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The Passing of Black Eagle


As a drunk, he is an easy going beggar, but when he is not drinking, he is the criminal known as "Black Eagle" -- destined to rob a locomotive! 



Air Dates

  • First Run - January 11, 1977
  • Repeat - August 2, 1977
  • Repeat - September 29, 1979





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5 Responses to Episode 0581

CBS RADIO MYSTERY THEATER, “The Passing of Black Eagle,”starring Robert Dryden and Larry Haines with E.G. Marshall, host. O. Henry’s short story about how a New York City hobo who, through a series of unbelievable circumstances, becomes the most feared outlaw in all of Taxes. New York City’s foremost panhandler whom everyone calls Chicken, because he looks like one, is a meek fellow when drunk, but when sober has delusions of grandeur. Forced to sober up while wintering in the sunny southwest, Chicken is mistaken by people in Texas for the legendary outlaw, Black Eagle, and is feared by everyone -- until the leader of a band of outlaws decides to challenge him. CAST: O. Henry.......................ROBERT DRYDEN Barkeeper..........................Earl Hammond Chicken..........................LARRY HAINES Faith-Hope Alabaster............Evie Juster

1979 PR Synopsis

When he's drunk, he's a mild mannered panhandler. When he's sober, he's a desperado named Black Eagle. The two meet when Black Eagle robs a train.

Harvey Yorace

Good story and outstanding audio quality.

Mark A

I rate this episode ★★★★☆ for GOOD. Sam Dann did a nice job on writing the adaption of an O. Henry story. It would've been better if this was a 2-part episode because in the original story by O. Henry, there were more characters and more settings taking place. The title is okay, but a better title for this, would be "A Chicken In Eagle's Feathers" or "Drunk With Power." The sound effects of horses, birds chirping, patrons murmuring, music in the background, footsteps, bar glasses breaking, the punch, doors, bell ringing, howling wind, howling dog, train whistling, and the boxcar door opening were very effective in this tale. The music left a great impact; suitable tunes for O. Henry's narrations and suspenseful tunes as the main character goes though his transformation. In our Host's Prologue, E.G. Marshall starts it off with an assertion of the Seeds of God-like power. In ACT-1, after explaining the details of Black Eagle, he quoted a verse: "A man convinced against his will must remain a doubter still" which makes sense to explain the main character's lifestyle to be changed. In ACT-2, he points out that the Antagonist is locked in a struggle for high stakes. In ACT-3, he uses the old saying, "Fine feathers don't make fine birds" which came from Aesop's fable of THE PEACOCK AND THE CRANE. In his Epilogue, E.G. Marshall asserts that O. Henry was made to dream and dreams need something/someone to set them in motion. And with that, I say, "Hear, hear." Now onto our cast: Robert Dryden (as O. Henry), Larry Haines (as Chicken), Evie Juster (as Faith-Hope Alabaster and Kitty), Paul Tripp (as Percy and Pop Needles), and Earl Hammond (as the Barkeeper, Bud King, and Snuffy). Big props to Earl Hammond for playing multiple roles. Kudos to Evie Juster for playing one character that was power-hungry and the other zealous. Both Robert Dryden and Larry Haines stole the show and they deserved a lot of recognition for their contribution to CBSRMT. As for Paul Tripp, his performance as Percy wasn't beneficial and his role as Pop Needles wasn't fitting. This actor played good roles in #0591-THE WHITE WOLF and #1202-THE HEADHUNTERS. But also did very bad in his role in #0132-THE FRONTIERS OF FEAR. Perhaps actors like Russell Horton, Fred Gwynne, Ian Martin, or Mandel Kramer should've played his parts. SPECIAL NOTE: If you have the CBSRMT Episode Guide Book, you will notice that Paul Tripp's name is not on the cast list. ANOTHER SPECIAL NOTE: At the end of this episode, the preview you hear is a scene from #0472-THE LOVE SONG OF DEATH (the adaptation of Romeo & Juliet) that was rebroadcasted on September 30th, 1979. If you like O.Henry's stories, check this episode out, but also read O. Henry's original version of "The Passing Of Black Eagle." Until next time…pleasant dreams. =0)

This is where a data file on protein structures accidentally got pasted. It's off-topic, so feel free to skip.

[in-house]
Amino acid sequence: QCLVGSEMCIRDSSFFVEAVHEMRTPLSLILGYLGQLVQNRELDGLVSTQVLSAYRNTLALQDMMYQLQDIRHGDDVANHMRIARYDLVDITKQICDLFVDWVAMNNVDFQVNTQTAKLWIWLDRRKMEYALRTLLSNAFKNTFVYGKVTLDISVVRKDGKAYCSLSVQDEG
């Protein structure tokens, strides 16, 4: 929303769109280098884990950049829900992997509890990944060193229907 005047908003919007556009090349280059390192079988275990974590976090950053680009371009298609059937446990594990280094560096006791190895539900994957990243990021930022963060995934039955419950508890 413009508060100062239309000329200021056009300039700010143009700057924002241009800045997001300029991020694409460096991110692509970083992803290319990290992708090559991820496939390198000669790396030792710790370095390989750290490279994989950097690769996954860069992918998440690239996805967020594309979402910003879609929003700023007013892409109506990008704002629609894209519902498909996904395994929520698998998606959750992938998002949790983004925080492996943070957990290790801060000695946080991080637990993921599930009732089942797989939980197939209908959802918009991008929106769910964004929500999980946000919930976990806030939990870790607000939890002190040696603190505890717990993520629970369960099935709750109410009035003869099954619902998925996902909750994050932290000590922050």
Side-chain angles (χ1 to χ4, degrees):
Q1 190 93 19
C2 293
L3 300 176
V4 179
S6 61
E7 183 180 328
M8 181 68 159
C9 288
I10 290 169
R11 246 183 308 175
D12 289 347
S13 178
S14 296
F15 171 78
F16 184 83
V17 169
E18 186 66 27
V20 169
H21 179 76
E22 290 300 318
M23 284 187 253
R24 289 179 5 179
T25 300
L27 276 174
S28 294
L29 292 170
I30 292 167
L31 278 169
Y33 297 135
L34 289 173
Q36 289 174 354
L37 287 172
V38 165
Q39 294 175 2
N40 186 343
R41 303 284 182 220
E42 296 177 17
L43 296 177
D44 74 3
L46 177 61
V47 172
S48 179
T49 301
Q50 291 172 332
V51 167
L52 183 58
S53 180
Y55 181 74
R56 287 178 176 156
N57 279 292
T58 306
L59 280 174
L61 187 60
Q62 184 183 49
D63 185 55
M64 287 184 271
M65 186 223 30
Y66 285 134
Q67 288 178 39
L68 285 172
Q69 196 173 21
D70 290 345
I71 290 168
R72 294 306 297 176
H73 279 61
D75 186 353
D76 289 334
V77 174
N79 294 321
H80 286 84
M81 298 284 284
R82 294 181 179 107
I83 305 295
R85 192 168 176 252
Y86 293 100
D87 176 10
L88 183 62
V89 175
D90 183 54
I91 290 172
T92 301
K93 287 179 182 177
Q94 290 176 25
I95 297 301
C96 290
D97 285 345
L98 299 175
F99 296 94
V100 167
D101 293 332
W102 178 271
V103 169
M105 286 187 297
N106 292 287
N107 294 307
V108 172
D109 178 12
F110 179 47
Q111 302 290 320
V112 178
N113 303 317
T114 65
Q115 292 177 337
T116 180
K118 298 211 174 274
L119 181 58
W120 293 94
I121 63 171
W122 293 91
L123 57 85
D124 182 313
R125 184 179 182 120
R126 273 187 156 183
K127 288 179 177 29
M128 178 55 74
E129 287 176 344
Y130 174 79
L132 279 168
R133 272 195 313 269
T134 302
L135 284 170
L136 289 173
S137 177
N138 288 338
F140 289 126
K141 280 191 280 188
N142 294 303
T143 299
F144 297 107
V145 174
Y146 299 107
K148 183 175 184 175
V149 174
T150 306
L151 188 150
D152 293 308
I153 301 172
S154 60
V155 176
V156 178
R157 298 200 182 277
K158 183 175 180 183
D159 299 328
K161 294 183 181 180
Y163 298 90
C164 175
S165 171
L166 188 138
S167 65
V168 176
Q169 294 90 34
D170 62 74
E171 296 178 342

Fascinating how, becuz of his fumbling, stumbling & bumbling words & actions ….. he went from Chicken to Black Eagle, the most feared outlaw of all. He was definitely a suitable subject for a fast talker to work on to be changed into a totally different character whether he was willing….or not!


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